Geriatric ED Guidelines

Obtain History and Physical Exam


Focus on key historical factors that increase fall risk

  • Visual or neurologic impairments
  • Alcohol use
  • High-risk medication use
  • Activities of daily living
  • Appropriate footwear
  • Orthostatic hypotension
  • Melena
  • Near syncope


Key historic elements include

  • Age >65, location, and cause of fall
  • Difficulty with gait and/or balance
  • Falls in the previous (XX time)
  • Time spent on floor or ground
  • Loss of consciousness or AMS
  • Near/syncope/orthostasis/Melena
  • Specific comorbidities (eg, dementia, Parkinson disease, stroke, diabetes, hip fracture, depression)

Physical Assessment

  • Orthostatic blood pressure assessment
  • Neurologic assessment
  • Evaluation of the patient for injury
  • Safety assessment before discharge should include an evaluation of gait and a Timed Up and Go test (TUG)
  • All patients admitted to the hospital after a fall will be evaluated by PT/OT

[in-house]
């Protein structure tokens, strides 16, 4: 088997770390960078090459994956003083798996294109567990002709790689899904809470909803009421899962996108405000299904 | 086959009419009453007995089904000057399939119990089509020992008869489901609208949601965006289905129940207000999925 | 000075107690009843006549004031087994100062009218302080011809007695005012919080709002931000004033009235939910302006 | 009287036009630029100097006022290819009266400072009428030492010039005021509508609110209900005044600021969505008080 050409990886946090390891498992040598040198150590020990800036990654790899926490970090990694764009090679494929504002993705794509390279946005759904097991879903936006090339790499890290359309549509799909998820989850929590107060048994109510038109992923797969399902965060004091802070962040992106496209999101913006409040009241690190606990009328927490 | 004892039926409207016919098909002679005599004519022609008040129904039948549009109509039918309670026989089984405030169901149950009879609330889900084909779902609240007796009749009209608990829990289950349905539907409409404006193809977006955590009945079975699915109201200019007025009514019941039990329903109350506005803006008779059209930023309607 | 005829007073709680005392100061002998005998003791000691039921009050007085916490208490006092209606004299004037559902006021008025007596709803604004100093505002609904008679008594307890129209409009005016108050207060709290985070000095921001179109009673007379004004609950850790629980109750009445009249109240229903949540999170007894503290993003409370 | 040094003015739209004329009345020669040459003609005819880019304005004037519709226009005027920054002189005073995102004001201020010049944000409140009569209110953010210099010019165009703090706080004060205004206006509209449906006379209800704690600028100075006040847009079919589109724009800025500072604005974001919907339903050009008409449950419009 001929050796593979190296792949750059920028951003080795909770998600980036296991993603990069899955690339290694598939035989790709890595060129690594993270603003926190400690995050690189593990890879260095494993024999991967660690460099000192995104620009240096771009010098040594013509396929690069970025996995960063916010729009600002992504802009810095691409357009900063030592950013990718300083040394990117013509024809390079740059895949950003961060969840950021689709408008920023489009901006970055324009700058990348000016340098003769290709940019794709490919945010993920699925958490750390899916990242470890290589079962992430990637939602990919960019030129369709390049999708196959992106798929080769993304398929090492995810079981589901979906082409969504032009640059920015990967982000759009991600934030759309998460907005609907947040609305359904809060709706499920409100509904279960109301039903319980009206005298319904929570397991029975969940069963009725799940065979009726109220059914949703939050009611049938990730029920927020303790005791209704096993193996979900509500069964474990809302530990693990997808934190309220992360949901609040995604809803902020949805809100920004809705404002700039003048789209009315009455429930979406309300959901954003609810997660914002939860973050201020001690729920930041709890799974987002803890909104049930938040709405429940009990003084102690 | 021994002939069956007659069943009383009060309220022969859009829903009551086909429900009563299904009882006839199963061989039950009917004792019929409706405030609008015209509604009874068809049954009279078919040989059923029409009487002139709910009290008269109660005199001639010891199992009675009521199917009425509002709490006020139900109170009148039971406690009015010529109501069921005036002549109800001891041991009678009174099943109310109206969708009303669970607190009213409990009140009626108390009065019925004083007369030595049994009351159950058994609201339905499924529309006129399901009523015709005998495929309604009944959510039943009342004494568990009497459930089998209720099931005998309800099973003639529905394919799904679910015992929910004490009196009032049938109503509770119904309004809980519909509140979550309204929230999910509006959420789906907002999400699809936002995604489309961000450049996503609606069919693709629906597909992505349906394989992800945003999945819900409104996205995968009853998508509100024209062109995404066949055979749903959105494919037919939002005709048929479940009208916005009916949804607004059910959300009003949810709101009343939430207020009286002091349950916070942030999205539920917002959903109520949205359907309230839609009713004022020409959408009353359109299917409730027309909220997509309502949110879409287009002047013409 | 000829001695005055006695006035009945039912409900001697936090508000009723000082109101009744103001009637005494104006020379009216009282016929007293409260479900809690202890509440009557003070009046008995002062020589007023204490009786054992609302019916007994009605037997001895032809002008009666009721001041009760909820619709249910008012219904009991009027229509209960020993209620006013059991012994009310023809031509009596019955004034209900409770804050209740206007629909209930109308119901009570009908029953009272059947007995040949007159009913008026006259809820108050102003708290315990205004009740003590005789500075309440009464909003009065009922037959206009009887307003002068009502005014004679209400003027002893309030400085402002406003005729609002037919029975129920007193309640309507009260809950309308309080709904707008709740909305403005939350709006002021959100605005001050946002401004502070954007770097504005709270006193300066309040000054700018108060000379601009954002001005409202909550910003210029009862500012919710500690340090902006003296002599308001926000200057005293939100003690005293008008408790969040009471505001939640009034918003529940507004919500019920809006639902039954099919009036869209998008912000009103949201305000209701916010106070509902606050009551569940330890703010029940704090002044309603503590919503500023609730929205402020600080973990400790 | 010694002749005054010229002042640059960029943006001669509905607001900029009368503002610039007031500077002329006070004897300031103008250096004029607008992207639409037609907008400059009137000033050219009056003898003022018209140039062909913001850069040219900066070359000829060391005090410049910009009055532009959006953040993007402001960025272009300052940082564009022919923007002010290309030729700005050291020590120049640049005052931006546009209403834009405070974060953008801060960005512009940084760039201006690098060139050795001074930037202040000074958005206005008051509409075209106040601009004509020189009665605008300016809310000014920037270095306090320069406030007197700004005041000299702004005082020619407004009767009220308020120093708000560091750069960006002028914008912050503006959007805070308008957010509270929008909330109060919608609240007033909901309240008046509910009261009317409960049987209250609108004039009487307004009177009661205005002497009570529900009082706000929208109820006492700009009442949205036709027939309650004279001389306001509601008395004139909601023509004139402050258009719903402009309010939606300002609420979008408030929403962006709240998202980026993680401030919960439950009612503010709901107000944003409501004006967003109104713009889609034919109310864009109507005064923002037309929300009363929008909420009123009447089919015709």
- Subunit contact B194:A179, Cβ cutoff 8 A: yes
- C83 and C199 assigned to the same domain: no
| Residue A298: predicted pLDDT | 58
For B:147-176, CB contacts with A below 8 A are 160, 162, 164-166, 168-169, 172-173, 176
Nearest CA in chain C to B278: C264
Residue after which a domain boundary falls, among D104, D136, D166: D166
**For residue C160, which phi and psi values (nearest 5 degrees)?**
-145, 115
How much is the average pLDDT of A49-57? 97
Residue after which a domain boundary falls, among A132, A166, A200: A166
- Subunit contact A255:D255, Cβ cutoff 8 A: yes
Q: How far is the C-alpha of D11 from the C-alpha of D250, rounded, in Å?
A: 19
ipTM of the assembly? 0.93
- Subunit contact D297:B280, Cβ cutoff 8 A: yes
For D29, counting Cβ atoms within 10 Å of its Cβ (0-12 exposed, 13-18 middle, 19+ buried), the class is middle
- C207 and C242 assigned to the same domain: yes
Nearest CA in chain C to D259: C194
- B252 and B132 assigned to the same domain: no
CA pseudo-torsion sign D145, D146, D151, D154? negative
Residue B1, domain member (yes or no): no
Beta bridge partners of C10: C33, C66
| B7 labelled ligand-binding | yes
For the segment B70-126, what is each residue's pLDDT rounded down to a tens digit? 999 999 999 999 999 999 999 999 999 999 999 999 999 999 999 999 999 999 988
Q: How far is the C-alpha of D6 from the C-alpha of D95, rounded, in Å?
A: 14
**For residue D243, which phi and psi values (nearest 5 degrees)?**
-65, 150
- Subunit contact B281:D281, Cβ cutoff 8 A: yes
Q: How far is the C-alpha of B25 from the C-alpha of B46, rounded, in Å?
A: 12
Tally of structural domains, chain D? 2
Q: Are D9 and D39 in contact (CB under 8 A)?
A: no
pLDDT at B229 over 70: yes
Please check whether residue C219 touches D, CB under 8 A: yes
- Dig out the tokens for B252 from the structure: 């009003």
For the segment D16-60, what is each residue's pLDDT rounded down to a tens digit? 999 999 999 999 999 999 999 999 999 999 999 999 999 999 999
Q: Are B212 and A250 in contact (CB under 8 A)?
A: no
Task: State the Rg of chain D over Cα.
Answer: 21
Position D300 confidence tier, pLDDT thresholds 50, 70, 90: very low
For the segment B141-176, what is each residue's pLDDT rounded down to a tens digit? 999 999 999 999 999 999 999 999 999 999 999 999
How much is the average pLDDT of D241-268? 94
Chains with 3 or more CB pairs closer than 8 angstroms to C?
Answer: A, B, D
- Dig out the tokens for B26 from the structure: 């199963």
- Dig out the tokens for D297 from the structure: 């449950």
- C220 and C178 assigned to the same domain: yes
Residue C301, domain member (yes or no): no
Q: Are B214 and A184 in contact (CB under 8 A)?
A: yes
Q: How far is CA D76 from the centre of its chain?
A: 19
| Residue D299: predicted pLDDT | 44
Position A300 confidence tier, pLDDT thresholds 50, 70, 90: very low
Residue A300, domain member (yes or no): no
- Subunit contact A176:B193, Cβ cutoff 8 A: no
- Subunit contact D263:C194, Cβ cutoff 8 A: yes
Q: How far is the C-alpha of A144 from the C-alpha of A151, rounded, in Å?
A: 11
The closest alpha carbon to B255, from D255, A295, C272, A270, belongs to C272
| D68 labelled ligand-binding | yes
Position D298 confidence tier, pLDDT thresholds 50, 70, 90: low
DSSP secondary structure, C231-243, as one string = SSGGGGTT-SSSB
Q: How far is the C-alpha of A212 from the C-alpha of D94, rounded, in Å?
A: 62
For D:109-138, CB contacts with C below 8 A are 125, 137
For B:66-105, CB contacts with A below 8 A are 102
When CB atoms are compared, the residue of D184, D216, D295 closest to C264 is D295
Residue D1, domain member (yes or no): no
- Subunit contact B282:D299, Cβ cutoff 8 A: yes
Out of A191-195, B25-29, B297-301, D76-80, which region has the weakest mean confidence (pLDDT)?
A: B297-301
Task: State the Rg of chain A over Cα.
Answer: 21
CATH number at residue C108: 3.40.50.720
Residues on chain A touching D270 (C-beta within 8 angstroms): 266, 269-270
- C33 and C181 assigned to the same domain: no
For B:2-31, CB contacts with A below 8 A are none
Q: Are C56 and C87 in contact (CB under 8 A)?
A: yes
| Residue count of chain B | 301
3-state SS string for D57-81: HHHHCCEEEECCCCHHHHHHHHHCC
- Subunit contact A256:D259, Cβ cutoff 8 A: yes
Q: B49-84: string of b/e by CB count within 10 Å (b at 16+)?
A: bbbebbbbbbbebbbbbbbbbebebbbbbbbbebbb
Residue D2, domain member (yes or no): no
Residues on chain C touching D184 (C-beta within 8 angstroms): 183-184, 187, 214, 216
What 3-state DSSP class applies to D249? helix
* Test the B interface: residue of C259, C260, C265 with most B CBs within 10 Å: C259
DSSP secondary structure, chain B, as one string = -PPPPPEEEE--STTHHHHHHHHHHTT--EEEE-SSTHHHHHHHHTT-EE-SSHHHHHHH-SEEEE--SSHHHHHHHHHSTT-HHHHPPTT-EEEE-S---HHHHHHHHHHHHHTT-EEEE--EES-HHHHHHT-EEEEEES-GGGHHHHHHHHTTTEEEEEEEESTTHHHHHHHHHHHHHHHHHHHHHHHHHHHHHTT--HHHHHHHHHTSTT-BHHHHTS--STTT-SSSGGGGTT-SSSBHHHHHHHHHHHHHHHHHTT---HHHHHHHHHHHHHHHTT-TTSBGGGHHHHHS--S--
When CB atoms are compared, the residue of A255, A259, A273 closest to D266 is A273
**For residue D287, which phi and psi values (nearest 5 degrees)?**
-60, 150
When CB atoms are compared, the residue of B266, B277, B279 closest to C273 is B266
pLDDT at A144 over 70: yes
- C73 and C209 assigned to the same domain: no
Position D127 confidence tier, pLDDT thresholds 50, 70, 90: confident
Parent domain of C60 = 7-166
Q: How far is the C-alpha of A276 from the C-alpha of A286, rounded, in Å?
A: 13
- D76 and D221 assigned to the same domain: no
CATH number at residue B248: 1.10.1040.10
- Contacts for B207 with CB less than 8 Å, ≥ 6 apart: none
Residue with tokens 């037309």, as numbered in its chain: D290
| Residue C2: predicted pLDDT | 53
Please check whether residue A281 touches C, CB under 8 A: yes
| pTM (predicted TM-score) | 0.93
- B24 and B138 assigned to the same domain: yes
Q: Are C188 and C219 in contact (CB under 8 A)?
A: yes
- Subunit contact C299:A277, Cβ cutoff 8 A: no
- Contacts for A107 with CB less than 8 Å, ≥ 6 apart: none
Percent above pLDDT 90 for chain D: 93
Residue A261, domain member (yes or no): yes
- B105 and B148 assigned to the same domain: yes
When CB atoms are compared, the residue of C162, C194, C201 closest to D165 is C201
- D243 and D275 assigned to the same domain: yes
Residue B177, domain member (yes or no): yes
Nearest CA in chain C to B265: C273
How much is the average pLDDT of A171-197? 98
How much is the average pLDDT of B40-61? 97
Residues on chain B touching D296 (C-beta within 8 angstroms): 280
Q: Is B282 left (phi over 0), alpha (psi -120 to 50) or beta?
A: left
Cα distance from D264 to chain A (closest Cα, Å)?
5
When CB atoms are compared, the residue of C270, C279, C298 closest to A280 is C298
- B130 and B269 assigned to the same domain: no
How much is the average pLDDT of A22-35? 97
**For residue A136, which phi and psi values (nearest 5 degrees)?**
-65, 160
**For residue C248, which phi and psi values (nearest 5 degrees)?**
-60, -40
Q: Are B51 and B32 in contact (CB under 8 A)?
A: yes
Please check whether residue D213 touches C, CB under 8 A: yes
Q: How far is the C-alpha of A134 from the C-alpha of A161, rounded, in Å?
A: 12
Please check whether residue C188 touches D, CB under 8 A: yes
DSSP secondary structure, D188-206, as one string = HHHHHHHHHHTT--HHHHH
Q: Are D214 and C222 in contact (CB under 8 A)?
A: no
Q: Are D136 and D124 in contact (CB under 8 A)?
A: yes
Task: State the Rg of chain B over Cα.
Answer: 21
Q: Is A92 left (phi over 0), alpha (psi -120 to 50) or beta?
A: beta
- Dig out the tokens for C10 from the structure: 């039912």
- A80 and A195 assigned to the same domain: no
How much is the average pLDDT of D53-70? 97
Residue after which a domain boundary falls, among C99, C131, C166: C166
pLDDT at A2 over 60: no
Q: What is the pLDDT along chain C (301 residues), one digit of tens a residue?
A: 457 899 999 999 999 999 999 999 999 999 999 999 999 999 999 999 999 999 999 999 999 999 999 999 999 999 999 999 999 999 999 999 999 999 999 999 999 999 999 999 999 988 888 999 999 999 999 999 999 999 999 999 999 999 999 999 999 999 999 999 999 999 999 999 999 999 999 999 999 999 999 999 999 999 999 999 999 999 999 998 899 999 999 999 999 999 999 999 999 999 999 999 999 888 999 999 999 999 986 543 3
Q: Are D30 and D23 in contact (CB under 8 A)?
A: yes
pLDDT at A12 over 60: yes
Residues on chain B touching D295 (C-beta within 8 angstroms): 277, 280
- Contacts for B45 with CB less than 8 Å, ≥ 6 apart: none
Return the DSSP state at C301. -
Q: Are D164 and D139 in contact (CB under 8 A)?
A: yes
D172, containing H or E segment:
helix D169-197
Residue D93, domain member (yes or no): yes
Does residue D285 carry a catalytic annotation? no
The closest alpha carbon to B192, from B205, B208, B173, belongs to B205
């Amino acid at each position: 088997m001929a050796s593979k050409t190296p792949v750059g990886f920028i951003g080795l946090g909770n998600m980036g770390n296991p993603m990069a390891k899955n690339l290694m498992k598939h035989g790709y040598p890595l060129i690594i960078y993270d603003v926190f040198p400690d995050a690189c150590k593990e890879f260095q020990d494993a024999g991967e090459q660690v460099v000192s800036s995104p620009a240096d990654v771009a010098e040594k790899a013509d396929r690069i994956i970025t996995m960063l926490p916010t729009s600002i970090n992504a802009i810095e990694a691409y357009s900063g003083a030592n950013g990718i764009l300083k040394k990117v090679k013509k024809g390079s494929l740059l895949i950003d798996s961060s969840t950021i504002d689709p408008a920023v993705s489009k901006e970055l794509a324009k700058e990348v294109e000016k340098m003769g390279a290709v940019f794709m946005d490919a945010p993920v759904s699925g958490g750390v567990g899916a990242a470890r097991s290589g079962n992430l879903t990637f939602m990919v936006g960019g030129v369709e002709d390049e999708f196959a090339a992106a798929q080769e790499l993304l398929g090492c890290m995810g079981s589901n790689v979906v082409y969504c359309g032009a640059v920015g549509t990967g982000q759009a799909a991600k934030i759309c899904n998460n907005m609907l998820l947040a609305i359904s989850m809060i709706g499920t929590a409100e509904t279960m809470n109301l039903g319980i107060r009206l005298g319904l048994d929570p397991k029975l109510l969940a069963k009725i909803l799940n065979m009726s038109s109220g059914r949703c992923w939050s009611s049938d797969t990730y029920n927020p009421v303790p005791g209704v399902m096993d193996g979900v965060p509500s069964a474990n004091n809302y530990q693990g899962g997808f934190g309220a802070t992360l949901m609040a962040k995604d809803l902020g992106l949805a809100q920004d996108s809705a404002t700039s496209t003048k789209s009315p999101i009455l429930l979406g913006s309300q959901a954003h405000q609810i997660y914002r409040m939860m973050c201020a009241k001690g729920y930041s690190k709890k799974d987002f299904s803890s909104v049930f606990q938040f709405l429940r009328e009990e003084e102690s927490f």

Depending on circumstances, also consider EKG, complete blood count, standard electrolyte panel, measurable medication levels, and appropriate imaging.

In a paper by Southerland, a 4-stage balance test in addition to the STEADI screening questions significantly increased the detection of older adults at risk for falls.

Key Concept

The Bottom Line:

We need to get our patients UP to assess their functional status and fall risk.


Rosenberg MS et al. American College of Emergency Physicians, American Geriatrics Society, Emergency Nurses Association, Society for Academic Emergency Medicine. 2013:

Southerland LT et al. Am J Emerg Med. 2017;35(2):329–332.

Podsiadlo D, Richardson S. The timed “Up & Go”: a test of basic functional mobility for frail elderly persons. J Am Geriatr Soc. 1991;39(2):142-148.


ACEP, American College of Emergency Physicians; AMS, altered mental status; ED, emergency department; EKG, electrocardiography; STEADI, Stopping Elderly Accidents, Deaths & Injuries.